Unexpected earl, p.30

Unexpected Earl, page 30

 part  #1 of  Hearts and Ever Afters Series


Unexpected Earl

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  Alice shifted in her chair, and smiled again, but it did not reach her eyes. “Yes,” she answered finally. “Yes, I did feel that way, of course. With your brother.”

  Jane continued to watch her, watch as a distant look appeared on her face, as if she were in a different place and different time.

  “Your brother was out of reach for someone like me. I found myself thinking of him often, and I felt as if I would be the happiest woman in the world if he were to but notice me…”

  She looked at Jane meaningfully. “When I found out he loved me too, I found myself in utter disbelief. Our places in society were so different…”

  “What did you do?” Jane asked, suddenly forgetting who she was and the situation that she was in.

  “Well, you know the story,” Alice said, rather softly. “After much strife and misunderstandings…” Alice paused and gave Jane a knowing look.

  Jane was one of those who had caused the strife, and the reminder was like a swift blow to her side.

  Alice continued. “It all worked out in the end, didn’t it? We are here.”

  “And you are both happy here? You feel as if you made the right choice?”

  Alice’s brow furrowed, and she looked intently at Jane. “Is everything all right? You look awfully pale…”

  Jane felt her jaw clench. She bit her tongue, and her breathing became rapid. She looked all about the room, realizing that she had led herself into situation in which she could not easily dismiss.

  Alice was still looking at her intently.

  Jane’s lip trembled.

  “Oh, Alice,” she said, tears forming in her eyes. Her hands, still holding the cup tightly, began to shake. “I find myself in a situation in which I can’t find an easy solution.”

  Alice appeared taken aback, but said nothing.

  Jane sat up straight and forced herself to quell the tears. She gathered her thoughts, for she still longed to share them, and told Alice everything that she was going through.

  Or everything that I am running from…

  It was very much the same way that she explained it all to Emmeline, except this time, she stood in front of a woman who she had mistreated from the very first moment they met.

  She decided that Alice did not need to know the depth of her own insecurities. She did not want Robert to find out about how afraid she was of the whole situation. She was vague about her encounter with Lord Greenshire and simply told her that Lord Hays had shown interest in her as well.

  “I don’t quite understand what choice I should make, or how I should even respond.”

  She looked at Alice.

  “And you,” Jane said with a smile. “Alice, I am so sorry. I spent such a long time being angry and frustrated with my brother for even considering his marriage to you. All I could see was my brother destroying his place in the world and ruining any chance he could have at happiness. And…” she laughed, but it was soft and hollow. “I worried about what it would mean for my sisters and I. I feared that it would ruin our chances of good matches as well. But, Robert never felt society’s rules were fair, and now he has found so much joy with you.”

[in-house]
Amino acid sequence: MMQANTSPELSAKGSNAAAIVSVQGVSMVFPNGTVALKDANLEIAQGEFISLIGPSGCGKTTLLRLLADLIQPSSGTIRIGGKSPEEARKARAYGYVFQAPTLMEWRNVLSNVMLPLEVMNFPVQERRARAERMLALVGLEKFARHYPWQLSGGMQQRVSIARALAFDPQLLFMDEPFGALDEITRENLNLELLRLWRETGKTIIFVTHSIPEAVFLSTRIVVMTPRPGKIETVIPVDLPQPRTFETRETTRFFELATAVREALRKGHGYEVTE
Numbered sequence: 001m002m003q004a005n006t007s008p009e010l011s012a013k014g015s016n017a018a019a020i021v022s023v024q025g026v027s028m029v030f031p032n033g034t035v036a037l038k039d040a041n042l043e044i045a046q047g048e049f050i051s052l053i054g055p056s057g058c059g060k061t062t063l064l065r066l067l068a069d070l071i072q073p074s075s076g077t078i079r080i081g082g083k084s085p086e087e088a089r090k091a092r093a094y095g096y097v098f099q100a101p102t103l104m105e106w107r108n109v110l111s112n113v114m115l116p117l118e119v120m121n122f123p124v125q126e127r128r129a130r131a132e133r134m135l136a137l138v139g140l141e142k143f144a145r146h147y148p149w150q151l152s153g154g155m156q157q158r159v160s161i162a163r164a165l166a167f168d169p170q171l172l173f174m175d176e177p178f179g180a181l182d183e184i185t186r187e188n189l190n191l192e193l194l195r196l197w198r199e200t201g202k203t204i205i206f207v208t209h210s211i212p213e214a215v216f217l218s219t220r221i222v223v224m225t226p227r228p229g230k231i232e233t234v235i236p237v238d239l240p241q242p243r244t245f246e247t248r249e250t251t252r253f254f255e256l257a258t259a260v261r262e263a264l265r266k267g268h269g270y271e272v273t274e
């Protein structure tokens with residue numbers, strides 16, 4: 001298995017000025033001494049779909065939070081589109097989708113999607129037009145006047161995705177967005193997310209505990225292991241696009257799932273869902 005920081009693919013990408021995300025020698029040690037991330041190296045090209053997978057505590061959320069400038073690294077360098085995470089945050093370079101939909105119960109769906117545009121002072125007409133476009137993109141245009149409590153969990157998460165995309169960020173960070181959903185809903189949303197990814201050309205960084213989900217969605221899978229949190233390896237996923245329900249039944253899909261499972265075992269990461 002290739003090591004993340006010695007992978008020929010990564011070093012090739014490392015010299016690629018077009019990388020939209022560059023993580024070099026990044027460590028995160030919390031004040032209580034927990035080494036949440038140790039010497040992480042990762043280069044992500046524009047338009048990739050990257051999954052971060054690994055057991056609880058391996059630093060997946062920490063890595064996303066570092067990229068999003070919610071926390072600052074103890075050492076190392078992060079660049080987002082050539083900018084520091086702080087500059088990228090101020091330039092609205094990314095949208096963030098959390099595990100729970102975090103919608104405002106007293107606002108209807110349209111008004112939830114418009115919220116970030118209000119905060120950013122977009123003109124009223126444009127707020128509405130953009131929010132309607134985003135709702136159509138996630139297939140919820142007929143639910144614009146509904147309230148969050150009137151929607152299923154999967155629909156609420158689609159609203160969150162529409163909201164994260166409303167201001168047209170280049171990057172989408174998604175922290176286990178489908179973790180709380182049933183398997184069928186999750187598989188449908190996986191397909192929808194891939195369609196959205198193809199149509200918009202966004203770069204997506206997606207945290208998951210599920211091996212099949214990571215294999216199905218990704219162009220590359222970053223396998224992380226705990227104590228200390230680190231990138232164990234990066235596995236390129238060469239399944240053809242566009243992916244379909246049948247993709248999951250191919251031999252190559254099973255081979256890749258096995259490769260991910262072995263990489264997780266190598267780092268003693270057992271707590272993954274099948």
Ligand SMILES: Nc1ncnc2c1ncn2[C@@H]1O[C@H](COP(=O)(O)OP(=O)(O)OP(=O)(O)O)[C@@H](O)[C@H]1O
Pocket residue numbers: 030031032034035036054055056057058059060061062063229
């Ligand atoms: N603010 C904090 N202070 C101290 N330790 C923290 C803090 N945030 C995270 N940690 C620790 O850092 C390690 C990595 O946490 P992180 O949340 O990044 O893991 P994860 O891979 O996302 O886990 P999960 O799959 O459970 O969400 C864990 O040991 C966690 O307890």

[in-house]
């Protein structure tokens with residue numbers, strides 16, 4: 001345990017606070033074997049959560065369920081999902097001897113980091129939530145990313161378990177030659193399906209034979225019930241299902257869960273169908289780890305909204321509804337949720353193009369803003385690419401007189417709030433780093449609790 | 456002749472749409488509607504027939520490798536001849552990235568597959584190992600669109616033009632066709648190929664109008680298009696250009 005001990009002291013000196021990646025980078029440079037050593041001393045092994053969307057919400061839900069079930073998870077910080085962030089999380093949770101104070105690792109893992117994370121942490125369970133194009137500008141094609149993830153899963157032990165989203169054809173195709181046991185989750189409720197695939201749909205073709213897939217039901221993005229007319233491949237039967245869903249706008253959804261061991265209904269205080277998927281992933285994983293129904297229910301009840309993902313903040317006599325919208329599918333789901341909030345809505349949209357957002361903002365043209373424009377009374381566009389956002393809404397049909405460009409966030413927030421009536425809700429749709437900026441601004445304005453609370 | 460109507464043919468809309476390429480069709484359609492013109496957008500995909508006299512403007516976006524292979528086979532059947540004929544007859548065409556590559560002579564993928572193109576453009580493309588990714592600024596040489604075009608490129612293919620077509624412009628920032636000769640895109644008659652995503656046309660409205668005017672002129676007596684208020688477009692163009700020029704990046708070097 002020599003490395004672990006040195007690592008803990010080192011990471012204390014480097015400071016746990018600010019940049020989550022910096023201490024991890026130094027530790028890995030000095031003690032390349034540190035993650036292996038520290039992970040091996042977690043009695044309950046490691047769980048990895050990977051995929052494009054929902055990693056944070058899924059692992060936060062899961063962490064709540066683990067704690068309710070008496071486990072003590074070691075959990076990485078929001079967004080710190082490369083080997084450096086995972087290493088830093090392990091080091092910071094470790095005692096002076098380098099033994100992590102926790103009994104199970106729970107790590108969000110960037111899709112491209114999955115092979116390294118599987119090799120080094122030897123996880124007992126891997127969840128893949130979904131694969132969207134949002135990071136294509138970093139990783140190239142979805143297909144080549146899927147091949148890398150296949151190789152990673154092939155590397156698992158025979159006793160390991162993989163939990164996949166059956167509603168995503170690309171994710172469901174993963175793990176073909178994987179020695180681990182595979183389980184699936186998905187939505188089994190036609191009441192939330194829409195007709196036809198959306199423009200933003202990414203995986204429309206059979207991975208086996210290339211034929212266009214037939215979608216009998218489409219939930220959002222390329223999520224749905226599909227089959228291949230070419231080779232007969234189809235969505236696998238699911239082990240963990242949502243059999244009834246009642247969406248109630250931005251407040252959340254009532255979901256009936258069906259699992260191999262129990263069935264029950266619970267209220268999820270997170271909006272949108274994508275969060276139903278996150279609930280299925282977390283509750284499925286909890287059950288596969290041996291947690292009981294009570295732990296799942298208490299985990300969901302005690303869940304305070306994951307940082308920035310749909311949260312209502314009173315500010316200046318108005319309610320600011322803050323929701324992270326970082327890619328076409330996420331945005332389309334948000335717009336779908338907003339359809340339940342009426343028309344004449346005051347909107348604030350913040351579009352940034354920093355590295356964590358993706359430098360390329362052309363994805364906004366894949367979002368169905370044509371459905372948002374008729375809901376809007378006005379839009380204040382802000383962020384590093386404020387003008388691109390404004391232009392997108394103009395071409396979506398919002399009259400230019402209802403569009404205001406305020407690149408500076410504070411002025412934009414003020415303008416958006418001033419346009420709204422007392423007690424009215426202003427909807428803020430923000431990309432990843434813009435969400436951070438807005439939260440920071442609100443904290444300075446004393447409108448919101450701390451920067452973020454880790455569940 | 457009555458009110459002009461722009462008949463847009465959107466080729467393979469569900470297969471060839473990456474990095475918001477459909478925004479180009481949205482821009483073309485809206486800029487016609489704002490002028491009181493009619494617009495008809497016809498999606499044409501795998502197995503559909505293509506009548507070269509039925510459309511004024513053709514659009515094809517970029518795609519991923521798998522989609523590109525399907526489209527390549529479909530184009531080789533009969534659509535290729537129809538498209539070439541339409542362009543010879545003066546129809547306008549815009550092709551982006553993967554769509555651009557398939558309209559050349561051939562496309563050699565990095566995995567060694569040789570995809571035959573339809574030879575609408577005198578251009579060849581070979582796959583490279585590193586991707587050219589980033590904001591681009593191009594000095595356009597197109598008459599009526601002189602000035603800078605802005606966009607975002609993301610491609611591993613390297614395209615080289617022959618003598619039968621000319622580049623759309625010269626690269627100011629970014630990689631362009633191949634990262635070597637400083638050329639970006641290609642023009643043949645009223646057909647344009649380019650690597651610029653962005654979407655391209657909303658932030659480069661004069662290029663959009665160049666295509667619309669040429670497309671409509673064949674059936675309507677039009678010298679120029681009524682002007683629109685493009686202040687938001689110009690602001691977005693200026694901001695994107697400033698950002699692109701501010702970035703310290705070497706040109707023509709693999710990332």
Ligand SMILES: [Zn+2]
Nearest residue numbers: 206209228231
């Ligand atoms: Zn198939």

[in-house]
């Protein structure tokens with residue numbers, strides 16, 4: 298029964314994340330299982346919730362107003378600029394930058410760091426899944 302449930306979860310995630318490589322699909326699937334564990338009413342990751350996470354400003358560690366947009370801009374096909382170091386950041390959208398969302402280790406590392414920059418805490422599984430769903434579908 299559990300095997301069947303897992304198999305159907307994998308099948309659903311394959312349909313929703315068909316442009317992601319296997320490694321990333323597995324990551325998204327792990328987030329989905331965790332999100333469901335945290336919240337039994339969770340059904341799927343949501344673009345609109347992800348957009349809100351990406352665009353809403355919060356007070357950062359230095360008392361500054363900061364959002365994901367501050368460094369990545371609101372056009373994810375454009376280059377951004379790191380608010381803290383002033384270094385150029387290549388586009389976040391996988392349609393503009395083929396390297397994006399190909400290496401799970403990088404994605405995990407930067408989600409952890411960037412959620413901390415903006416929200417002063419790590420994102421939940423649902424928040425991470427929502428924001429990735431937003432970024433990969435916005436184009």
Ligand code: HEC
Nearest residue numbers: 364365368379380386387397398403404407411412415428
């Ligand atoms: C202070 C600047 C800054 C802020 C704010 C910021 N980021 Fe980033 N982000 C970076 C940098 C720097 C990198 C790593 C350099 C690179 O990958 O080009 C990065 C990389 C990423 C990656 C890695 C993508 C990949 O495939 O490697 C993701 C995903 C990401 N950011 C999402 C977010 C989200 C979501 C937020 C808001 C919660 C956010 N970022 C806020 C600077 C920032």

She leaned closer to Alice.

  “And I was wrong. Alice, I am so sorry. Until I met Lord Hays, I could never have understood that personal feelings could outweigh the feelings of propriety and duty. I misjudged you both so poorly for being victims of your own desires instead of doing what I, and what other members of my family, believed to be right.

  “I am sorry, Alice. I feel truly awful about how I treated you that one afternoon in your own home. I shouldn’t have barged in on you while you spoke confidentially to Agnes.”

  Alice’s face reddened, and she looked quickly down at the cup in her hand. “Oh, Jane, you are too kind. There is no need to worry. Besides, your intervention was the catalyst that solidified my relationship with Robert. Although your reaction to my relationship with your brother was painful at the time, it was brought Robert and I together.”

  Jane laughed. “Alice, you are too kind.”

  “And, if I may,” Alice said, intently. “I do not think that it will be wrong or right to choose one over the other. You must decide which man is right for you.”

  “Yes, but who?” Jane asked, sitting back in her chair.

  The warmth of the room felt more comfortable now, and Jane found herself fond of all of the little things scattered about. It was cozy and charming, and she could see herself living happily in such a place.

  “You will have to see them again,” Alice responded. “That is perhaps the only way for you to make any sense of all of this.”

  Jane smiled at Alice, who smiled back at her. “Perhaps you are right. I will need to spend time with them both in order to determine who truly is the best match for me.”

  Soon after, Robert returned home, and Jane excitedly greeted him. He was pleased that she had arrived safely and insisted on showing her around the house. He shared the details of each and every piece of furniture. His entire home was furnished by gifts from parishioners, friends, or family.

  Jane was in awe. She had never seen Robert so happy in his entire life. And she told him so.

  He beamed at her. “Well, of course! With all of the wonderful blessings that God has given us! Including our newest one! Isn’t it exciting?”

  “Of course, being married is a great blessing!”

  Robert looked at her curiously. “No, sister! Our other news! Surely Alice told you?”

  He looked around at his wife, who sat on an light blue upholstered settee by the window.

  “Dear wife, did you not tell my sister our news?”

  “What news?” Jane asked.

  Alice looked up at Robert. “Well, dear, Jane came and we spoke of many things. She needed some advice on some matters, and I felt it would be better if we were to tell her together.”

  “Tell me what?” Jane asked again, tugging at her brother’s sleeve. “What did you need to tell me?”